Rabid Habs

Boisvert: Galchenyuk Back in the Spotlight

After a 3-1 loss to the Carolina Hurricanes, it’s only fitting that the most positive vibes are coming from the team’s best individual performance. It’s hard to keep harping on this team’s shortcomings. When we see a good performance (win, loss, or otherwise), it should be pointed out.

Picking up five points in his last seven games, Alex Galchenyuk’s play has drawn some complimentary comments from head coach Claude Julien. The Habs’ coach praised Galchenyuk’s play on a night where not much went right for the Canadiens. On the surface, there seem to be two very positive statements here. Galchenyuk played well and the team might use him at centre again; so where’s the story?

“Galchenyuk Came to Play Tonight”

He certainly did. Scoring the Habs’ only goal of the game, Galchenyuk was on a mission from the start of the game. If you enjoy playing the blame game (I do not), you could take a reserved approach to Galchenyuk’s night by saying that the game winning goal was scored while he was in the penalty box. While it wasn’t exactly a good call, I could see any coach getting upset about giving the other team a powerplay.

Instead, Julien took the high road with Galchenyuk and acknowledged something important: with a player like Galchenyuk, you need to take the whole package for what its worth. He’s going to take penalties and he’s going to disappoint defensively from time to time. If you can get by all that, the upside is far too high to play outside the top-six, maybe even the top-three.

“We’ve Got Him on the Wing, but it Doesn’t Mean We’ll Never See him at Centre Again”

Let’s go back. Back to the summer. At the Habs annual golf tournament, Julien took questions from the media in what is essentially the beginning of training camp in Montreal. Jonathan Drouin has been acquired and Marc Bergevin is making no bones about how his forwards will line up.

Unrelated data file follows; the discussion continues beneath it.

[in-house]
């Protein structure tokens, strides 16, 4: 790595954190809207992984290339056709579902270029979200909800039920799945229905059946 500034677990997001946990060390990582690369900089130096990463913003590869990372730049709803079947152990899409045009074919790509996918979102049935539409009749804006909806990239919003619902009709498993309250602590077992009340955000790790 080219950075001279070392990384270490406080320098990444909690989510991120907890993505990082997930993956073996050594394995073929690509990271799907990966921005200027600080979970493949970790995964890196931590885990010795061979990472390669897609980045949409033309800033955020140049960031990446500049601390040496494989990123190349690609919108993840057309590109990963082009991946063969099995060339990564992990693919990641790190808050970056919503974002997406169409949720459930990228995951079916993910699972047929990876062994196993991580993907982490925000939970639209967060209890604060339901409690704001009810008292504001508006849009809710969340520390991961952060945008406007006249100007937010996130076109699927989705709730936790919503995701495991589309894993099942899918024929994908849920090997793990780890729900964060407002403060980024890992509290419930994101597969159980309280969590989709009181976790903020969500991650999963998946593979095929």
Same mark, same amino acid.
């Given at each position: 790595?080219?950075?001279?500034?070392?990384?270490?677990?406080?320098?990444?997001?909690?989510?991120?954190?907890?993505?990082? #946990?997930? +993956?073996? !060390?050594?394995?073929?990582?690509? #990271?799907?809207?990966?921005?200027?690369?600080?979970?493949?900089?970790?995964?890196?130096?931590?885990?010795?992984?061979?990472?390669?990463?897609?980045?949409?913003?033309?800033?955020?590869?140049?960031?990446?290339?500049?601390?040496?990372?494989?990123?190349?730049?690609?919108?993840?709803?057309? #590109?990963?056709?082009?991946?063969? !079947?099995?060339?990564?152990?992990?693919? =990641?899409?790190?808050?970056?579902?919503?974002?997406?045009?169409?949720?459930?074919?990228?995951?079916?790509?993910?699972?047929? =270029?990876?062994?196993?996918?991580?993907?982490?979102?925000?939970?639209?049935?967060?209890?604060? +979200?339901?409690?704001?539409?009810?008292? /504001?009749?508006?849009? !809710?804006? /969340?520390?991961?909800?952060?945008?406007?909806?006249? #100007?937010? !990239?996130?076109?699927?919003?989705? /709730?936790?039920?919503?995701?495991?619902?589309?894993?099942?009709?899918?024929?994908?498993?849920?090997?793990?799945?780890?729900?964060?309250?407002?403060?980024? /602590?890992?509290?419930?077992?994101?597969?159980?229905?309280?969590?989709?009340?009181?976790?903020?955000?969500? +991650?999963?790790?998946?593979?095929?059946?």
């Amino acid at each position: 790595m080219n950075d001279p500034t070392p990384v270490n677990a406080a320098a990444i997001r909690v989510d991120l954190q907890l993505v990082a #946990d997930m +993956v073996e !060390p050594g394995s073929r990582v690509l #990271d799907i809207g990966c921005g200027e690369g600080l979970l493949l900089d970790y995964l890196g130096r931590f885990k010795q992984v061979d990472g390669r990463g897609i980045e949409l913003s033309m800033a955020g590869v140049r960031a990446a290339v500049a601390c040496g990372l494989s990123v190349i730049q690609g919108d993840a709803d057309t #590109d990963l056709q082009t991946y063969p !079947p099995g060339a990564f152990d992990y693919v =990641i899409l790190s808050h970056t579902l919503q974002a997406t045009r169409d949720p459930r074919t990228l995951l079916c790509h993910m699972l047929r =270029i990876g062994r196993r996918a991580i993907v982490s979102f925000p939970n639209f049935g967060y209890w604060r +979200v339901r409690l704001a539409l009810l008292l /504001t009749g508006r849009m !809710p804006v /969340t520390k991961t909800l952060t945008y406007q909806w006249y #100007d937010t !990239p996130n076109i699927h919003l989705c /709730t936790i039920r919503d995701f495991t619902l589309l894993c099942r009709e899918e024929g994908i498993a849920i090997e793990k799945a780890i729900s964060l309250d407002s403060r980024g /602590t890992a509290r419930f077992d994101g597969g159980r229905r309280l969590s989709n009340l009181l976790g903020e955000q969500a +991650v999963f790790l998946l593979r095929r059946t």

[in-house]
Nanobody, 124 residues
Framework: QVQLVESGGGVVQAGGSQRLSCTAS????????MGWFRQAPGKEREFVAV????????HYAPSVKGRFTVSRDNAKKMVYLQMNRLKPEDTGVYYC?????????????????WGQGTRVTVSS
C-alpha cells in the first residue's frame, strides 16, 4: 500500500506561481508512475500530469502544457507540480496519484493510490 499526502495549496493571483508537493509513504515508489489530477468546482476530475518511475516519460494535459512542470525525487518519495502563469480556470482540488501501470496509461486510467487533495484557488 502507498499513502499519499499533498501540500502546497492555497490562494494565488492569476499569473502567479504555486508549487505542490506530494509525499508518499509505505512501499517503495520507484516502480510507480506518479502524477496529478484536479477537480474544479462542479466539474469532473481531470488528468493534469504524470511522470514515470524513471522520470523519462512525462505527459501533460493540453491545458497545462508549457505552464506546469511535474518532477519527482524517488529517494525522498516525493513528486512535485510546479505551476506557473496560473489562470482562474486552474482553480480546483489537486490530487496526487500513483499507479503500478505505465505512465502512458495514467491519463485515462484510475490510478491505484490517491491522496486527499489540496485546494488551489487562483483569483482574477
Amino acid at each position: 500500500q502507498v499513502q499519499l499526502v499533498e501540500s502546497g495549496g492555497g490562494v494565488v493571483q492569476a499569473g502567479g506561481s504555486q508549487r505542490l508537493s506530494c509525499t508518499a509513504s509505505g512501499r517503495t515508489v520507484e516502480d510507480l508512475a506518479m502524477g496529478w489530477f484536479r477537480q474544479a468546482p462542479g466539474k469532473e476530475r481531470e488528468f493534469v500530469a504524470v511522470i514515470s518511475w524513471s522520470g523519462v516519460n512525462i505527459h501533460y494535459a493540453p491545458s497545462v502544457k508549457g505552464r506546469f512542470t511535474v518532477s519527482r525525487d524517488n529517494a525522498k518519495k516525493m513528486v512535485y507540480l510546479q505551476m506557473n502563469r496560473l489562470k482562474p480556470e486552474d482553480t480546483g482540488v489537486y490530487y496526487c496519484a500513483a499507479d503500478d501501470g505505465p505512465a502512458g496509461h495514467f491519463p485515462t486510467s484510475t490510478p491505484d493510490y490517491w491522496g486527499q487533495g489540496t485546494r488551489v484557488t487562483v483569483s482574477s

The player drafted to be a centre will be on the wing and the player drafted to play the wing will be a centre. While the team seemed reluctant to change their plan, they always left the door open for changes. At the same golf tournament, both Julien and Bergevin said that no one’s position is set in stone and that Galchenyuk could play any one of the three forward positions.

Wednesday night’s press conference was the first time since that golf tournament where the thought of Galchenyuk playing centre has had legs. “Until further notice” might come sooner rather than later.

“… If we have the need.”

Need.

Maybe I’ve read this incorrectly. Maybe something was lost in translation.

I’m going to work from the assumption that nothing was lost in translation and that this means exactly what I think this means.

This is my blog, after all.

When the Canadiens depth at centre is being considered, the word “need” is necessary; the word “if” is misleading. Depending on who you ask, the Canadiens have had a need down the middle for twenty years (I think Saku Koivu filled that need, but some disagree. To each their own).

That “need” was supposed to be filled in 2012 when Marc Bergevin cashed in on one of the worst finishes in franchise history by drafting the big number-one centre.

That “need” re-emerged when Galchenyuk was moved back to the wing by Michel Therrien.

That “need” persisted when Julien took over behind the bench and kept Galchenyuk on the wing.

That “need” was believed to be solved when Jonathan Drouin was acquired for the team’s only blue-chip prospect in Mikhail Sergachev (a player in another position where the Canadiens lack depth).

That “need” is on the verge of reappearing with Drouin not having instant success at centre.

It would be frustrating to see the team fill that “need” with a player that has been on the roster the whole time. But that’s a hypothetical future that we’ve yet to realize and we may never realize.

What we can deduce is this: it seems as though the team is content with how the centre ice position rolls out, and that is all sorts of unacceptable.

But I should practice what I preach. Galchenyuk’s recent success should be celebrated, and any reshuffling of lines and positions should be celebrated as an attempt to fix what’s broken. The drama that is this iteration of the Canadiens has yet to play out entirely.

My only concern is that act three of this play goes about as well as acts one and two.

Follow Ian on Twitter @BoisvertIan and follow @RabidHabs for more updates! 

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